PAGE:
Gender differences in transport stem from a constellation of economic and social disparities including access to resources, household responsibilities, and cultural norms surrounding women’s mobility. As a result, women face unique time and resource constraints, as well as safety considerations with respect to their travel activity and their participation in the transport workforce. These differences are systemic and self-reinforcing, as mobility provides access to sources of income, education, healthcare, and other opportunities. The session on Women’s Travel and Participation in Regional Transport Systems addressed strategic approaches to equitably designing transport systems as well as gender issues from a user and a workforce perspective.
Strategic approaches to equitably designing transport systems
Transport systems that facilitate equal access, safety and convenience raise the standard of service for all users and bring significant regional economic and social benefits. Gender-disaggregated data will be critical in developing inclusive solutions, and more resources will need to be invested in pursuing a better understanding gender differences in transport. The Swedish government, for example, has prioritised a holistic approach to inclusive transport policies by collecting gender-specific statistics and requiring new project proposals to include gender analyses.
Gender issues from the user perspective
The unique constraints that women face and their often more complex activity base lead them to use private and public transport differently than men. Specifically, women tend to make shorter, more frequent trips, often carrying items or accompanied by children. This can mean that women face higher mobility costs than men. In developing countries, improved mobility for women will first focus on increasing ridership on public transit and non-motorised transport modes. Transport-oriented development will also be an important tool in improving mobility in an equitable way. In more developed countries, new forms of mobility offer improved connectivity for women. For example, evidence from six countries (the United Kingdom, Mexico, South Africa, India, Egypt and Indonesia), indicates that safety and flexibility are among the primary reasons why women choose to use ride-hailing services.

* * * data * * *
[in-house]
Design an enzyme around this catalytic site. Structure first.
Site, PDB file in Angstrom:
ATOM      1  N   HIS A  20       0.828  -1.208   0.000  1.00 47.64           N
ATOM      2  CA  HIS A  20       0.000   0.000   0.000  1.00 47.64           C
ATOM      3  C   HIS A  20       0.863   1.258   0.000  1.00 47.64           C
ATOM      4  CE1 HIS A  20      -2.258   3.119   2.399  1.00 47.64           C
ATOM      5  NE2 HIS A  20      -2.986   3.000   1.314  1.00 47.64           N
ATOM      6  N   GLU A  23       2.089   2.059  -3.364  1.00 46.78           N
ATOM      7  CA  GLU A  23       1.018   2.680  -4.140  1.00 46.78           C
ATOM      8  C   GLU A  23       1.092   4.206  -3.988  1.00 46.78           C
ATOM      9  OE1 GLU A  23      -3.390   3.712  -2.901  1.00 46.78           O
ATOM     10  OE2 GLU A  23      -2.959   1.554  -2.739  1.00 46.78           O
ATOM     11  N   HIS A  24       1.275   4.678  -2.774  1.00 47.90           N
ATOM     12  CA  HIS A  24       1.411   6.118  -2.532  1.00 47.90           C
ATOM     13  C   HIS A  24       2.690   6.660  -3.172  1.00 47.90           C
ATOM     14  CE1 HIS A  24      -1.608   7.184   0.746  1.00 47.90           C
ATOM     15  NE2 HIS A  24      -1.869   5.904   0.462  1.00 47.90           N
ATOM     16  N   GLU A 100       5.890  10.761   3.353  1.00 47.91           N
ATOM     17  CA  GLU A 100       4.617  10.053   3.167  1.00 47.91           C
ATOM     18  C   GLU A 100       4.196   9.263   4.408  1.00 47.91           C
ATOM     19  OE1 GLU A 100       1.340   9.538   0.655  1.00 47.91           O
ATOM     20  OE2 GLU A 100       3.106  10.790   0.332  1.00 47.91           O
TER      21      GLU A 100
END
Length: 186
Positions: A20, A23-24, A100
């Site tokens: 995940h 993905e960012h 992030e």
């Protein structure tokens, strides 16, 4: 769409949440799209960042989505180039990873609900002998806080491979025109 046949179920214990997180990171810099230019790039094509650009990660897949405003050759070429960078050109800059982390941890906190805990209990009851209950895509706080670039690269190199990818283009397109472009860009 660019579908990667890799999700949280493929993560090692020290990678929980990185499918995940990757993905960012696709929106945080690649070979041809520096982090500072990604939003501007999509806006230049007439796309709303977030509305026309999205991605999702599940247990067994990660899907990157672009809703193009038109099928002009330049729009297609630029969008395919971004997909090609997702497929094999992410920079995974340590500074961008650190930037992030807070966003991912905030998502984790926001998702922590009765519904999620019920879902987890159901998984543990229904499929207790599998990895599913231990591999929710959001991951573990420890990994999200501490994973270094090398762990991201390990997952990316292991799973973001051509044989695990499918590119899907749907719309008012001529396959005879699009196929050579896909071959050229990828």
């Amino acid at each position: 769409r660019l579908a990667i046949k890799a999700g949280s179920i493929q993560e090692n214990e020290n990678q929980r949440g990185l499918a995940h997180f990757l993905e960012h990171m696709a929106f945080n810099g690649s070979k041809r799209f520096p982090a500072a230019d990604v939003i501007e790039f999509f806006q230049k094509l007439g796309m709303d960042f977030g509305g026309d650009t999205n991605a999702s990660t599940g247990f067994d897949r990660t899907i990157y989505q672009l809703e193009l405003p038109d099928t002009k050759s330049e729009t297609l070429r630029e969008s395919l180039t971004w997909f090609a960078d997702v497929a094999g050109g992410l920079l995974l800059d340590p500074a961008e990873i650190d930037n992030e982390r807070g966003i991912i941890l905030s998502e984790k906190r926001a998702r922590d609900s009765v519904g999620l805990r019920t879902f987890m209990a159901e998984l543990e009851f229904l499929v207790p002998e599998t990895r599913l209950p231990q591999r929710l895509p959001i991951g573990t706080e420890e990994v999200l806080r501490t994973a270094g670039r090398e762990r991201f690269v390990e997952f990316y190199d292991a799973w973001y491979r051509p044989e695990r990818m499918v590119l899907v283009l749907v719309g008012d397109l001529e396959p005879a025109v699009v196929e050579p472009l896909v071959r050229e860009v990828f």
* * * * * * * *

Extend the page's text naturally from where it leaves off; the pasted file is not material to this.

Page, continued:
Gender issues from the workforce perspective
Women are significantly under-represented in the workforce in the transport sector, especially at higher levels, such as on boards of directors and in leadership positions. Many barriers to the greater recruitment, retention, and advancement of women in transport professions arise from the fact that the sector has traditionally been male-dominated. This leads to a lack of examples of female professionals at all levels of responsibility, and a lack of awareness of the range of occupations that are available in the sector. Finally, embedded norms predispose girls and women to pass over transport as a sector that contains interesting and appropriate employment opportunities. Barriers can be overcome by a number of means. Within transport companies and organisations, mentorship programs can increase the visibility of women in transport professions and the transmission of information about the range of employment opportunities available in the sector. Technological advances such as automation and mobility-as-a-service can create new job opportunities for women in the transport sector.
“You need a holistic approach… If you don’t have that, you can make progress on some steps, but you will not see the full benefits.”
- Matthias Landgren, State Secretary to the Minister for Infrastructure, Sweden
"This is not about only women’s rights, but also about development.”
- Karla Gonzalez Carvajal, Manager for Europe and Lead Manager for the Gender Agenda in the Transport sector, The World Bank
“Safety came up as one of the key concerns that women have, everywhere around the world.”
- Rana Kortam, Manager of Global Women's Safety Policy, Uber
“We need to get more women involved in designing these [transport] systems and we need to collect data that is disaggregated by users.”
- Heather Thompson, CEO, Institute for Transport Development and Policy
“Careers in these fields [transport] are still pitched far less often to girls and women than to boys and men.”
- Bipasha Baruah, Professor & Canada Research Chair in Global Women’s Issues, University of Western Ontario
“The workforce is transforming, and that is benefitting men and women.”
- Diego Diaz, President, SNCF International
Professor & Canada Research Chair in Global Women’s Issues
The University of Western Ontario
Karla Gonzalez Carvajal
Manager for Europe and Lead Manager for the Gender Agenda in the Transport Sector
The World Bank